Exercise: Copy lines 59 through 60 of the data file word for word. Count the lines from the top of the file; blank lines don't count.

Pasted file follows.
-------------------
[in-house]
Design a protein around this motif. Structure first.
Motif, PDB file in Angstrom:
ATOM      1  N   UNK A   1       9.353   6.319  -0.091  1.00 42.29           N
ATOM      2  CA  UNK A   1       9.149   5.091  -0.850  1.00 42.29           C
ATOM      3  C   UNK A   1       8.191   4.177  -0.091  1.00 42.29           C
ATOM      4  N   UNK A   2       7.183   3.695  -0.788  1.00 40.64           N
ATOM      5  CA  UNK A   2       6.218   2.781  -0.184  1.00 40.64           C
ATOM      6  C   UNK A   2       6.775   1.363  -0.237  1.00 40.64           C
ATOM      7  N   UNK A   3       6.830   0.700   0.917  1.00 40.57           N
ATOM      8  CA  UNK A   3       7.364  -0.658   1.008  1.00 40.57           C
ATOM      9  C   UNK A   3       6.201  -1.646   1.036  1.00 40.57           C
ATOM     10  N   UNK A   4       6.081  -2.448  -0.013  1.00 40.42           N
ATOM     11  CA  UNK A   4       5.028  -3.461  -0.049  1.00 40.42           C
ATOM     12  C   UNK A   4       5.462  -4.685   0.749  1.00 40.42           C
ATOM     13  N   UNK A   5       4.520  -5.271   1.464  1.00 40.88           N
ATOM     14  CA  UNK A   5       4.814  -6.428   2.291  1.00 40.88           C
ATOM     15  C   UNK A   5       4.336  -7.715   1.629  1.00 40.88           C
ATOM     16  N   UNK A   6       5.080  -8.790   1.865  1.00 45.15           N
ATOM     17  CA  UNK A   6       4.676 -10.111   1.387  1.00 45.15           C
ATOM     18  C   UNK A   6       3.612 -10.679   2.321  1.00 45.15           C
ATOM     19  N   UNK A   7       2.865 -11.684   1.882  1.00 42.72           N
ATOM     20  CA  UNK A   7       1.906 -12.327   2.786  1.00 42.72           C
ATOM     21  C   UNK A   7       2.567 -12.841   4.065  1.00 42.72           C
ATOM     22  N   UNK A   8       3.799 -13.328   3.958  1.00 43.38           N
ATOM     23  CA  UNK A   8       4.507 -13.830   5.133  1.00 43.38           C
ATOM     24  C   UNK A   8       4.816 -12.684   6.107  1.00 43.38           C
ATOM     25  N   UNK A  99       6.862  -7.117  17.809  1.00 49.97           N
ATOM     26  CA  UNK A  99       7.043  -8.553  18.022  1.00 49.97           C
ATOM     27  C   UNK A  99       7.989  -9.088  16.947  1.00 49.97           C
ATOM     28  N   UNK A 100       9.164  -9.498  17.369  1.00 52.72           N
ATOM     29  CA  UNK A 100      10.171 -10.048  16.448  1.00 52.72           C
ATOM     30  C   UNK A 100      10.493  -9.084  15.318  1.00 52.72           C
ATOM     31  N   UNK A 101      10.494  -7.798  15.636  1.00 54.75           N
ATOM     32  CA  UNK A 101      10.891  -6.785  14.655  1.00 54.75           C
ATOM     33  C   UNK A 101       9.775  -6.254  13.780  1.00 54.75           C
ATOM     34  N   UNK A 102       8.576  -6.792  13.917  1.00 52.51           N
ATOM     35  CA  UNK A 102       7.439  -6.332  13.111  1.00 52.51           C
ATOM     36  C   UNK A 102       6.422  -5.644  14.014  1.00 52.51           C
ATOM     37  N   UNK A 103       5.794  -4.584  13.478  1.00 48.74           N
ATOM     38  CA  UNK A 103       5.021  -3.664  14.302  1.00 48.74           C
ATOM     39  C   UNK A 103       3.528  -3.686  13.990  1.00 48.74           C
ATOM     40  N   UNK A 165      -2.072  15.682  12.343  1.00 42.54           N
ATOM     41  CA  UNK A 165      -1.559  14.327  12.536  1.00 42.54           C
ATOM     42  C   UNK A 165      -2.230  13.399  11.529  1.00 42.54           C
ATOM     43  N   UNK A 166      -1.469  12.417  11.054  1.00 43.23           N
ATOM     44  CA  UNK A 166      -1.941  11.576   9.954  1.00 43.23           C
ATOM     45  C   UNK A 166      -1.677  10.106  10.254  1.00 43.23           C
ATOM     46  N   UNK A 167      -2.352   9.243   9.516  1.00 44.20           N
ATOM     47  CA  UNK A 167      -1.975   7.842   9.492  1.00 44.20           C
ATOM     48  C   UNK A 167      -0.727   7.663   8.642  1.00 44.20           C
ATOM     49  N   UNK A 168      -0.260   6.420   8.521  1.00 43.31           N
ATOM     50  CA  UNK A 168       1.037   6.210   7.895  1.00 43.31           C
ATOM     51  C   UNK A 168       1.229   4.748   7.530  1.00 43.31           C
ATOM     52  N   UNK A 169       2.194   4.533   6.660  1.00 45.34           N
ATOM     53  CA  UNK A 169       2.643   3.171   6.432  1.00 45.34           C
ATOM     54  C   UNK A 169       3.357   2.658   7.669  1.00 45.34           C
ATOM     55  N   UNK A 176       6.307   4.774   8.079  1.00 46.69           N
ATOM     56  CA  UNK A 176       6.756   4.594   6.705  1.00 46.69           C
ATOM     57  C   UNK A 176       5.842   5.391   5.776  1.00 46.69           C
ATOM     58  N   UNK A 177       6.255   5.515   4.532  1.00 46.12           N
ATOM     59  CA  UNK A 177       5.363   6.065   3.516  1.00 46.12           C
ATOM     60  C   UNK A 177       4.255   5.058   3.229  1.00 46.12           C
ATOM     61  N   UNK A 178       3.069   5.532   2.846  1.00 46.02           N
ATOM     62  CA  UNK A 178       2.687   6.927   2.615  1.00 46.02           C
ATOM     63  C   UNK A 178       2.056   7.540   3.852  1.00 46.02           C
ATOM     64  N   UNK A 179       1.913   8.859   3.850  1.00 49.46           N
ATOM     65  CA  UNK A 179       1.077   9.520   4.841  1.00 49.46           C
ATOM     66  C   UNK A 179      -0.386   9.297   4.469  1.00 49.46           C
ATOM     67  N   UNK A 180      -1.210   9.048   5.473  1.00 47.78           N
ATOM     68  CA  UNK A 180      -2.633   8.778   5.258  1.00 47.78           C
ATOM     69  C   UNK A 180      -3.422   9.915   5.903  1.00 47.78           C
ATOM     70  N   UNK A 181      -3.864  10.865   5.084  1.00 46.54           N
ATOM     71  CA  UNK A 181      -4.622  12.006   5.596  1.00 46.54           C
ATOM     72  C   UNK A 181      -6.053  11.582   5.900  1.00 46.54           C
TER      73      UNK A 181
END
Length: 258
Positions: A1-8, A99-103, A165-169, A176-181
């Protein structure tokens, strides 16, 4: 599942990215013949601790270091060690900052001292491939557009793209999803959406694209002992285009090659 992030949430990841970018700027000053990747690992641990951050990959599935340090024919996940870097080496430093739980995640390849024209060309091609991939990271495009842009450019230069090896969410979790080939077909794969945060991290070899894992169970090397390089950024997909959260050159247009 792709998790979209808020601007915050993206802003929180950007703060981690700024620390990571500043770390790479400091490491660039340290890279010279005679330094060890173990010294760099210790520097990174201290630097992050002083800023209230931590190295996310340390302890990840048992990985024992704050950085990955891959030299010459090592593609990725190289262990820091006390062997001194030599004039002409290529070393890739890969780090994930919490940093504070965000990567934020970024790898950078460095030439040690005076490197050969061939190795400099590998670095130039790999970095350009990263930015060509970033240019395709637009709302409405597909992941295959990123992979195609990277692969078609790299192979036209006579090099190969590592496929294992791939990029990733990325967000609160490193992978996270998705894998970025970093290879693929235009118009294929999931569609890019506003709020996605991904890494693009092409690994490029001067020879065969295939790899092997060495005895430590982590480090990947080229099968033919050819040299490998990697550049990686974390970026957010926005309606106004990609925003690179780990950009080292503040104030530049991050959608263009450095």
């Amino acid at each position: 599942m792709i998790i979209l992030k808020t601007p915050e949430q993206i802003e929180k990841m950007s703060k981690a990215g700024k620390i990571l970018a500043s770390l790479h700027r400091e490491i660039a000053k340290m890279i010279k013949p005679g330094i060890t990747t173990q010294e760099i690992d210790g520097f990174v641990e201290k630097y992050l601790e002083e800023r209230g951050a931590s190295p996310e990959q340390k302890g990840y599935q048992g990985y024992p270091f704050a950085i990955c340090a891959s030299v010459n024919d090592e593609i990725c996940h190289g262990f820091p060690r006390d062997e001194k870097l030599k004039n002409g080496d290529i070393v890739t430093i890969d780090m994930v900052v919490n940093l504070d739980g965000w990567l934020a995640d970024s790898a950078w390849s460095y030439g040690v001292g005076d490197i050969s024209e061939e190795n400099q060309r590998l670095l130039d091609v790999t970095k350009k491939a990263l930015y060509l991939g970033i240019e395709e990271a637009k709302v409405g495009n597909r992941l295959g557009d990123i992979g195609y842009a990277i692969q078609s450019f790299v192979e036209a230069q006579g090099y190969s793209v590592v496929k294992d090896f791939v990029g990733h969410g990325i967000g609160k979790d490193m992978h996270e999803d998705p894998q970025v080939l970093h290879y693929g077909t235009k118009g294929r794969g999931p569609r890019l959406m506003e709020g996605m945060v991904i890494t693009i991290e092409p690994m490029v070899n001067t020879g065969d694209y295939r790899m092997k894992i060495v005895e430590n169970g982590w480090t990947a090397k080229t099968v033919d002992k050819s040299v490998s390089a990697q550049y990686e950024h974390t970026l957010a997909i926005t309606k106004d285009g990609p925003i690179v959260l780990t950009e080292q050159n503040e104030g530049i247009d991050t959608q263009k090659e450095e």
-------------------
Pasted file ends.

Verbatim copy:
ATOM     56  CA  UNK A 176       6.756   4.594   6.705  1.00 46.69           C
ATOM     57  C   UNK A 176       5.842   5.391   5.776  1.00 46.69           C